Earlier this week, The Eye published a commentary by Middletown resident Judith Brown suggesting that the citizens of Middletown would be better served by Council members who represented specific districts of the city.
The piece elicited some thoughtful responses, and one or two which were less so. One thoughtful response came from mayoral candidate, and Council member Ron Klattenberg. Here is Judith's response to those responses. We welcome fair and thoughtful commentary on this, and anything we publish in the Middletown Eye.
Democatic Government and Citizen Participation: Mixing At-Large and District Representation in the Common Council
Judith C. Brown
Last week, I posted an item in favor of 4-year Common Council seats and of changing some seats to district respresentation. These would be necessary first steps toward making Middletown’s Common Council more democratic and responsive. I was very pleased that several people wrote in favor of these proposals and that Mayoral Candidate Ron Klattenberg entered the discussion. But while I appreciated that Mr. Klattenberg is in favor of 4-year terms, I was disappointed that he opposes district representation, primarily because he thinks there aren’t enough qualified or sufficiently interested people in Middletown to run for Council. This is blaming the victims for what appears to him to be public apathy. The blame should go instead to the obstacles that our local government places on running for office.
The major hurdle is the at-large electoral system, which requires more money and more access to political connections than running from a smaller district, where a candidate is known and knows the issues facing voters. These are the main reasons why people interested in running for local office either do not run or are forced, for all practical purposes, to run as part of a party slate which provides funding and the political networks for slate candidates, but which increases the barriers to entry for all other candidates. In effect, it is the at-large electoral system that results in slates whose members are preselected by a small handful of people who run the Democratic and Republican Town Committees. Basically, we, the voters, have given over our democratic rights to a handful of people who preselect our candidates. As a registered Democrat I say this with great sadness because our local system of government is no longer truly democratic. Turning 6 or 9 of our 12 council seats into district seats would enable many more citizens with an interest in civic affairs to run for office and, whether Democrats, Republicans, or some other affiliation, they would have a better chance of doing so successfully without having to depend on a small coterie of people to whom they are beholden for the support needed to run for local office and for reelection.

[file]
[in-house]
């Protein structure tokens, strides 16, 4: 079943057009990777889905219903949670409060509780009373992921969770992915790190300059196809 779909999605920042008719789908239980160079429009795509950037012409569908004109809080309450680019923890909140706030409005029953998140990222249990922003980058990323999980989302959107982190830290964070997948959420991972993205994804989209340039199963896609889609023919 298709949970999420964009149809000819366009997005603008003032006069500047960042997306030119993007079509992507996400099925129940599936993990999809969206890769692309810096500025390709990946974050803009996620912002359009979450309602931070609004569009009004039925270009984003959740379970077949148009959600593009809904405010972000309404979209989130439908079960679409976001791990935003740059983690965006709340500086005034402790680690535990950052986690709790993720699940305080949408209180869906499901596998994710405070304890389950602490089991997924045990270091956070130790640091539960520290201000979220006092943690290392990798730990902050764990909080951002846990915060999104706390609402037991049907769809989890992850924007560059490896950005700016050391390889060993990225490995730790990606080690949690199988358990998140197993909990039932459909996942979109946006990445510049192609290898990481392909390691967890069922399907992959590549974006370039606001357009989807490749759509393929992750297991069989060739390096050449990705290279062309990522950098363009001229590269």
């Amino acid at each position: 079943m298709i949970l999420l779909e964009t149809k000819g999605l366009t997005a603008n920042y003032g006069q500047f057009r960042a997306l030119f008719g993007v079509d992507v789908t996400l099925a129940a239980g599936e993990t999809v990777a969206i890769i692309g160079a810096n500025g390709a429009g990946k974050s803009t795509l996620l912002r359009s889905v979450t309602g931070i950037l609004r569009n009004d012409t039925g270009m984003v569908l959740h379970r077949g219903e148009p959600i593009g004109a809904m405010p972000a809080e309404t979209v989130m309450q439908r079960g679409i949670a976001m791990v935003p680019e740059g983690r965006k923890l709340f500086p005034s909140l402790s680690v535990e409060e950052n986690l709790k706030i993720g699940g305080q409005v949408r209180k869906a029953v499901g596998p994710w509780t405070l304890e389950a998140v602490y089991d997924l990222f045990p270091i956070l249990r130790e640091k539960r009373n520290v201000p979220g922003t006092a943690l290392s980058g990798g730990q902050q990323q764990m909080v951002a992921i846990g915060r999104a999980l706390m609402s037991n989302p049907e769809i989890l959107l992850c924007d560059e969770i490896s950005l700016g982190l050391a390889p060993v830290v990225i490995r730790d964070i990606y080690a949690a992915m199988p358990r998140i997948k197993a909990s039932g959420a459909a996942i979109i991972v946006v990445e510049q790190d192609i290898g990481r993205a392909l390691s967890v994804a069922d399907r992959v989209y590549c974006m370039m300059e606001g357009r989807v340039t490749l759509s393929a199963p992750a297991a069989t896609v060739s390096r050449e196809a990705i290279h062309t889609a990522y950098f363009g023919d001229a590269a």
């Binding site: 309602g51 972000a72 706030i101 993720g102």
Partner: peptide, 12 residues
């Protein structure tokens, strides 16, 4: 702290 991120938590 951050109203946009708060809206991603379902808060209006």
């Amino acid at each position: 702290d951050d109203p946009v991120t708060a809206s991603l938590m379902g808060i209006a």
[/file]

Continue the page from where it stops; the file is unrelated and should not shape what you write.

Replacing most at-large Council seats with district seats would not only increase the pool of candidates and the variety of independent viewpoints on the Council, it would provide a form of apprenticeship for the wider, at-large positions, for which candidates now exlusively compete. Also, Council members representing districts would be more responsive and accountable to their constituents than the at-large representation we have now because they are closer to their constituents and more familiar with their needs.
In support of a less democratic, entirely at-large city-council, Mr. Klattenberg cites the obligation of all council members to be responsive to the public regardless of where an issue is raised and the obligation of the public to bring issues of concern to the attention of the Council or other officials. In his opinion, the at-large form of representation works. Like many other citizens, I understand that responsive government is not a government that always agrees with my point of view. But as some of us know from our experience in dealing with our local officials, they are less responsive and less well-informed about issues that affect specific constituencies than they should be. This is why despite the public’s interest in local issues, some of our citizens give up voicing their concerns to Middletown officials. It is not a lack of responsibility on the part of the public that drives public behavior; it is frustration with the lack of responsiveness and transparency on the part of local government.
This is a town with a great university, a major hospital, and many large and small businesses and cultural institutions with intelligent, qualified, and public-minded citizens. I am confident that if we remove the obstacles to more responsive and more transparent government, Middletown citizens will cheerfully and willingly step up to running for office, bringing issues to the attention of officials, and addressing the challenges of our troubled times. First steps in that direction are turning 6 or 9 of our Common Council seats into district seats and turning all the seats into 4-year terms.